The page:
I and my family have many years of experience dealing with allergies.They are not imagined and people from all nations suffer from them.If you would like some practical advice to help live ,travel with them etc then please e-mail.Best wishes the Belle.

Member
Megan says:
5 November 2015

You could not be any more ignorant. I currently live in Italy, and a few months ago ITALIAN doctor’s diagnosed my son with milk and egg allergies based off of blood in his stool and a prick test. EVERY restaurant we go to they over accommodate my sons allergies, and in the service industry are very familiar with them. Please think before you become a internet troll, giving your “opinion” on something that you have not experienced.

Member
dairyfreebabyandme says:
24 March 2014

Regards taking foods on board planes, solids are OK. Liquids are more iffy. There are guidelines about what you can/not take https://www.gov.uk/hand-luggage-restrictions/overview

Also, The Anaphylaxis Campaign and Allergy UK have advice on their website about travelling with food allergies. I think Allergy UK’s has a link to translation cards, that you can buy in advance and take with you.

BTW Have you heard of Mozzarisella? It’s a dairy free Mozzarella dupe. I really like it on pizza. It comes from Italy. You might be surprised about what else you find there, whist you are on holiday.

Hope you have a great trip!

🙂

Member

About 25 years ago I developed an allergy to certain moulds and had to stop eating blue cheeses. The biggest problem was that even expensive muesli can contain nuts with traces of mould, leaving me gasping for breath and with a swollen throat. My GP gave me a drug and syringe for use in emergency. Over a period of five years the problem gradually disappeared. Now I can eat as much muesli as I like and might find out if I can cope with Stilton.

I wonder if anyone else has found that allergies or intolerances have changed with time.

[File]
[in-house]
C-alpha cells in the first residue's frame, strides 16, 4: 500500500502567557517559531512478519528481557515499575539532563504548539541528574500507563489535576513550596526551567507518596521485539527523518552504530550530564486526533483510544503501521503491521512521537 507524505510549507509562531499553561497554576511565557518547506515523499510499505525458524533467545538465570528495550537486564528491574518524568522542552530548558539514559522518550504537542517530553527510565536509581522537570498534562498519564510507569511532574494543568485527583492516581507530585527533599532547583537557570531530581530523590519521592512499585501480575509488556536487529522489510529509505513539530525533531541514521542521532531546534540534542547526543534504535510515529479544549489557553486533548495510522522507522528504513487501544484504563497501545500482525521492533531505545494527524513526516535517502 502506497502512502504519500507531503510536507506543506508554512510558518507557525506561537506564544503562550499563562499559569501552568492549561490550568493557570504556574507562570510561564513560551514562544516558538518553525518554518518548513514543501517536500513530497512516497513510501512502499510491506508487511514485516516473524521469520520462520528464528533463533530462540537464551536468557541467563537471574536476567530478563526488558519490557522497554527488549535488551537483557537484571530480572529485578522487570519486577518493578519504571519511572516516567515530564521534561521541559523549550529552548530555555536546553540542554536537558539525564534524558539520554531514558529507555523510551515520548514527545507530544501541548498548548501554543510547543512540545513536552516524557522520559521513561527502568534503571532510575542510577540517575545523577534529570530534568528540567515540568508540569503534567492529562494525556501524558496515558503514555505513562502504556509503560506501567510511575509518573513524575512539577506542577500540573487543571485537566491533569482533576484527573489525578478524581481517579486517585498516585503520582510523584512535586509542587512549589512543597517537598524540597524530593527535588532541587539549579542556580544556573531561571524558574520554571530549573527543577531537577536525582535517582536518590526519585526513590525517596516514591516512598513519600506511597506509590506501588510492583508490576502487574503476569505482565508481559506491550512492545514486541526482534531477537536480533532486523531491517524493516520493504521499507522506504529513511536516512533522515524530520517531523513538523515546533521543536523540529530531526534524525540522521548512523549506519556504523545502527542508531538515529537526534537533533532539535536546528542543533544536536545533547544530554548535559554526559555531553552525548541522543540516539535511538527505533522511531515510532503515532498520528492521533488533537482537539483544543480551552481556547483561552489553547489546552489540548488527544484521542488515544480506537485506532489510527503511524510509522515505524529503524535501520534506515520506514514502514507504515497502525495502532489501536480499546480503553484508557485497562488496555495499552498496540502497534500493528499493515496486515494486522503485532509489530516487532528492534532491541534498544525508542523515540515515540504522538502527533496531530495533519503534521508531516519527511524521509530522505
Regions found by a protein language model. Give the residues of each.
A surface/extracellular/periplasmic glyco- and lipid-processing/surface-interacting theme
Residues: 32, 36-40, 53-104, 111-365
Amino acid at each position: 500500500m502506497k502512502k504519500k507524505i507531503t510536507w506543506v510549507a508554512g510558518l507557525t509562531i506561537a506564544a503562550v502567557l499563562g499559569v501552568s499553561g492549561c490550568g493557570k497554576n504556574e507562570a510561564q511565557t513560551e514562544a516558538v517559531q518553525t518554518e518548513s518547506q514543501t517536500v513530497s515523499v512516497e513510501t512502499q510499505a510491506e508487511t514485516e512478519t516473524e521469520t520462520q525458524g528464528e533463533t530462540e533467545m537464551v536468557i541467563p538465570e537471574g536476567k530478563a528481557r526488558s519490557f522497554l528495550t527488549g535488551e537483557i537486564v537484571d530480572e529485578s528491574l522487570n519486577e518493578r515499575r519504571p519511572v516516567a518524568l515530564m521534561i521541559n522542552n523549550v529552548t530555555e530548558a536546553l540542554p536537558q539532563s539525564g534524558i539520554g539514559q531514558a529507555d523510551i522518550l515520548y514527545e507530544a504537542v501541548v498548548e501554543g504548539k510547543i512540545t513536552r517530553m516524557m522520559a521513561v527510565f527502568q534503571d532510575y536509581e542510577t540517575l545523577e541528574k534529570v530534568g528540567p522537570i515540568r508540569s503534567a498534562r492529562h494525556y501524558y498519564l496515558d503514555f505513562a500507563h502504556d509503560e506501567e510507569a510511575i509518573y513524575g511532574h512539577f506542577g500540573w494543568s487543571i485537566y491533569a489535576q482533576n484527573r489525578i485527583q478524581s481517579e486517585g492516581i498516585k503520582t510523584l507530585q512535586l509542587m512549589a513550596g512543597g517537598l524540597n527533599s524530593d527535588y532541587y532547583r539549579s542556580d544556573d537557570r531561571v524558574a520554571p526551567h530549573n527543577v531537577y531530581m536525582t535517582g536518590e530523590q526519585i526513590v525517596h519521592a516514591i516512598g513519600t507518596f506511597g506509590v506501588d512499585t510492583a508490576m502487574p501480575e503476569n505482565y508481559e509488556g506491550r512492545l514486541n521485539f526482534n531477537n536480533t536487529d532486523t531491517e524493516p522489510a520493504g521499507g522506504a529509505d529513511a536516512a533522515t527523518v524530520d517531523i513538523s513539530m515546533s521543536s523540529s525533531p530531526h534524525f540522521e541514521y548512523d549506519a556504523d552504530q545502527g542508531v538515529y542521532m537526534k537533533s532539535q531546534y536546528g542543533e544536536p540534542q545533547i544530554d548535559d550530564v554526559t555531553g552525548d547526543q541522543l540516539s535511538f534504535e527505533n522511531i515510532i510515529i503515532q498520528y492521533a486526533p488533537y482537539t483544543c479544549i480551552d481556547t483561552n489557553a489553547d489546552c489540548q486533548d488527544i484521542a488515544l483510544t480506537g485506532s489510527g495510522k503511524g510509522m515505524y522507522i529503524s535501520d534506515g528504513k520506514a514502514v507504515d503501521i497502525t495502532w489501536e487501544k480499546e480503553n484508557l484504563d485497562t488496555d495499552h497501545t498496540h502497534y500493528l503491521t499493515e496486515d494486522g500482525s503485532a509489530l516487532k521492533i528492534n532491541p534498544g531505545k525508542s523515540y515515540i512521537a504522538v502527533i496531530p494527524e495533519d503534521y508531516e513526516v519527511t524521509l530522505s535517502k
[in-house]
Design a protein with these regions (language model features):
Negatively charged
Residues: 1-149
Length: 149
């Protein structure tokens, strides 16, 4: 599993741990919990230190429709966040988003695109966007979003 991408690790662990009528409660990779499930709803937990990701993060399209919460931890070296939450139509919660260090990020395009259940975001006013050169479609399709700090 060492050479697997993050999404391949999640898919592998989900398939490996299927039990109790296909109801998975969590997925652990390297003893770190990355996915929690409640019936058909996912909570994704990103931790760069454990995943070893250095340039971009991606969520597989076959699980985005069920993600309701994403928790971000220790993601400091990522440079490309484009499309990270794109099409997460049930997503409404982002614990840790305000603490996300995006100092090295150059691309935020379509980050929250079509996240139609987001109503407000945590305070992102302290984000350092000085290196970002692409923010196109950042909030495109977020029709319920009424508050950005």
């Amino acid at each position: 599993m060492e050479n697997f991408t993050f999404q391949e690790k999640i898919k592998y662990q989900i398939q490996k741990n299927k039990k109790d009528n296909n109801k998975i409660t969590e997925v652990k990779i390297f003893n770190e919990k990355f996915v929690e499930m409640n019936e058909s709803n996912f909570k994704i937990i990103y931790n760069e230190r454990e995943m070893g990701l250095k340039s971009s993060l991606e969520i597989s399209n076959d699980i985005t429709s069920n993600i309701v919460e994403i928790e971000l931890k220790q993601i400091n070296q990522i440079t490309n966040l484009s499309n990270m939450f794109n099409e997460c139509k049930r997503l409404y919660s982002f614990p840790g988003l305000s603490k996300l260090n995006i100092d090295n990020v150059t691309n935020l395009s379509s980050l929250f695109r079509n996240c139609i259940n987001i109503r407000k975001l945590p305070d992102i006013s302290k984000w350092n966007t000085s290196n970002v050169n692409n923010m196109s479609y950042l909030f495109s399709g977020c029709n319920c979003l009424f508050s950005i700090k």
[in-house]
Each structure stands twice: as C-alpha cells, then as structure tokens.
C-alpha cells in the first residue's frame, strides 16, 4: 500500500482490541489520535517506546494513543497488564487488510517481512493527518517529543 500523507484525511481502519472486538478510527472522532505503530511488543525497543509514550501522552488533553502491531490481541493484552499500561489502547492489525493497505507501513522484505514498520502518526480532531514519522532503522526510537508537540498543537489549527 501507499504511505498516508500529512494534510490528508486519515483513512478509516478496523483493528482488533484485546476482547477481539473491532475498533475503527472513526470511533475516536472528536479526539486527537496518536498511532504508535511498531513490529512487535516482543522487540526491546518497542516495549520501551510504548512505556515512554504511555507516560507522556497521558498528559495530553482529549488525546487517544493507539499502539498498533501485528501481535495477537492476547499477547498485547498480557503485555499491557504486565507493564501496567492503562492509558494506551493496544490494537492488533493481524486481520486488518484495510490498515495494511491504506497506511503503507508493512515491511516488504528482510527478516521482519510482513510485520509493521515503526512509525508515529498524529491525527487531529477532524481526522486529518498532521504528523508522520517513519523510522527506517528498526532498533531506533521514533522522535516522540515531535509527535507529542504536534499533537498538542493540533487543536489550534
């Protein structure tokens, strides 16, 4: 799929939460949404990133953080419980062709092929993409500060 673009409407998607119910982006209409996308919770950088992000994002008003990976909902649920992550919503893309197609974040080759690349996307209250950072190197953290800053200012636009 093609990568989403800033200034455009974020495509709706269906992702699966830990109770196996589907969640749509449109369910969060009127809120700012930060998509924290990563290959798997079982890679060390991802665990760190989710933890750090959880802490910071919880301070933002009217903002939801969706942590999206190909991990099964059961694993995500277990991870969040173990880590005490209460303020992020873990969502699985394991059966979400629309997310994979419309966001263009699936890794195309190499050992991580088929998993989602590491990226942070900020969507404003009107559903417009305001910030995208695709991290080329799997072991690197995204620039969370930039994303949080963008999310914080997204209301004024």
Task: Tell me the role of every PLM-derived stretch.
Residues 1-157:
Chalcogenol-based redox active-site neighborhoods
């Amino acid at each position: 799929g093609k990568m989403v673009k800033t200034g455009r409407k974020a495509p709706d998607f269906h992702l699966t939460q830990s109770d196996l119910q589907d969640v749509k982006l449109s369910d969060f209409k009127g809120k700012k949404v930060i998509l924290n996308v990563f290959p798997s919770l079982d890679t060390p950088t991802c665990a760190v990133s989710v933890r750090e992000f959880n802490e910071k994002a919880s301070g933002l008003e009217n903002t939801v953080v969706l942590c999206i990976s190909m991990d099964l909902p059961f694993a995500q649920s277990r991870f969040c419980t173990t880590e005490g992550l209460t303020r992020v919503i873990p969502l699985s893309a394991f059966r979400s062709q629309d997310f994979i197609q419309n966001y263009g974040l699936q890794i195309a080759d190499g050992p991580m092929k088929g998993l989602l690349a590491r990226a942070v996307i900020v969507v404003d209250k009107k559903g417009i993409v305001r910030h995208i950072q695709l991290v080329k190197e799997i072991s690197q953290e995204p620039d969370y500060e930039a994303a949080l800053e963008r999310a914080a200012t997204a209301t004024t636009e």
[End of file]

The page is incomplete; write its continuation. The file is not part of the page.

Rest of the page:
Member

Of course this can go either way – my daughter’s allergies have actually got worse rather than better over the past few years.

Member

Thanks all for your tips – I will certainly be using the translation cards and will also keep an eye out for MozzaRisella both here and in Italy.

I’d like to bring the debate away from whether food allergies are “real” or not (although in my experience I can assure you they are very real), and back to the issues around labelling and eating out etc.

Does anybody else have any shopping or travelling tips for people with multiple allergies?

Member
Paul says:
27 March 2014

My daughter has a severe allergy to eggs, nuts and dairy products, AND wheat (which makes things nigh on impossible).

Some of the places we’ve been of note
-Finland, (ahead of the UK in free-from foods- way more choice in alternatives which we don’t have in this country yet).
-Russia, took translations cards, they just waved us away in restaurants and didn’t want the hassle!
-USA pretty good, somewhere between UK and Finland experiences.

We do though tend to self-cater mostly in the UK.

Member
Rosy says:
25 March 2014

I have a fairly severe intolerance to all the onion family (leeks, spring onions, chives etc). It is almost impossible to find food without onion, onion seeds, or onion powder these days. Even pre-packed sandwiches use it as well as many, many types of crisps. Virtually all ready-meals contain some form of onion. When we go out to eat I’m usually restricted to fish and chips! It isn’t life threatening but I’m not alone, there are quite a few people in the same situation.